Jack Frost made his arrival 14 days after the average frost date for our area in the mountains. And he returned the next night too. Though neither frost was a “killing” frost, it did burn the leaves on the pumpkin vines, revealing the 4 dozen fruits hidden in their midst. Most are still green, but Google says they can be set on a sunny patio and will ripen. There are no more frost dates in the forecast for about 10 days (of course that can change in a blink), so they will sit and cure or ripen until it looks like the weather requires they be brought in to the root cellar.
These are Seminole pumpkins. They remain small and turn tan when ripe. Being a moschata variety, they are resistant to vine borers. I feared there wouldn’t be any as the vines took so long to take hold and grow, but in spite of the frost, there are still a few flowers blooming.
The frost wasn’t enough to totally kill off the remaining peppers, but to make sure they weren’t wasted, the last of them were picked, along with a handful of sheltered Calendula flowers.
The Calendula still has many buds and because of it’s sheltered position along a south facing stone wall, I may be able to continue harvesting them to dry for salves for another month or so. The peppers were all cut in half lengthwise and for the next couple of days, the house will be piquant with the scent of capsaicin as the oven is used as a dehydrator to reduce the moisture in them for storage.
My longterm to do list includes an arbor for the grape vine and a solar dehydrator. Short term, I need to clean up the mess that was my garden this summer. A few handfuls of weeds and spent beans were tossed to the chickens to pick through.
The asparagus tops need to be cut back and their bed mulched with hay. The spent sunflowers need to be cut or pulled and the bed nearest the compost turned and fed with shovels of compost in preparation for the garlic and onions in about a month. The beds that had the tomatoes and the overgrown mint bed are full of mint and weeds and need serious clean up and mulching. The bed that was peas last spring, that I planted oats, field peas, and vetch in as cover crop and then the chickens scratched up has a few of the cover crop plants in it, but is mostly weeds, so it too needs to be pulled up and covered with hay. I tried to control the mint with a tarp which failed miserably. Maybe the weed wacker will bring it down and I can cover it with a thick layer of newspaper and cardboard, a thicker layer of hay and let it sit dormant for a year. The mint that has escaped the bed is growing over the top of cardboard in the aisles and is fairly easy to pull up.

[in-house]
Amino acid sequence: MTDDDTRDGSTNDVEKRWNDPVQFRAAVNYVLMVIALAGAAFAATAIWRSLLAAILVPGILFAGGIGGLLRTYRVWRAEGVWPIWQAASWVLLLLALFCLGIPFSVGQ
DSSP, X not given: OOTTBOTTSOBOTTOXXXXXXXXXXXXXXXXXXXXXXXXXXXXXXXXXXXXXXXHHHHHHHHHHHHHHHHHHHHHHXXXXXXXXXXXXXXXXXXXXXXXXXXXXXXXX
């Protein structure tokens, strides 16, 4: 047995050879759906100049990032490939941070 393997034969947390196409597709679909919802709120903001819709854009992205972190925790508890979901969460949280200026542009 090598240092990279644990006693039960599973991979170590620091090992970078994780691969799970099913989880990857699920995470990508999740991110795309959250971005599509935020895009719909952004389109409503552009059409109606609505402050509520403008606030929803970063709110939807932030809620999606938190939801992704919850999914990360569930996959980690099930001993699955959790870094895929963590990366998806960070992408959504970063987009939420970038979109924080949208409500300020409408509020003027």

Each year in April, the University has a Saturday where you can sign up to have students come help you with projects. I am going to try to catch that date and see if some students can help me rebuild my boxes and reset my fence so that it doesn’t look like a drunk erected it. If I can get the posts set where I want them prior to the student’s arrival, perhaps we can get a tight run of 4 foot welded wire around the garden, the gate hanging hardware put in the wooden post that has the solar charger on it, and the gate moved. Both of my solar chargers need new batteries, perhaps that can get done this winter so it will fully charge and once the fence is repaired, new electric can be strung along the top to discourage the deer. There is a lot to be done, but the weather is cool now and not so onerous to be outside working. A couple hours a day over a few days should get the garden put to bed for the winter.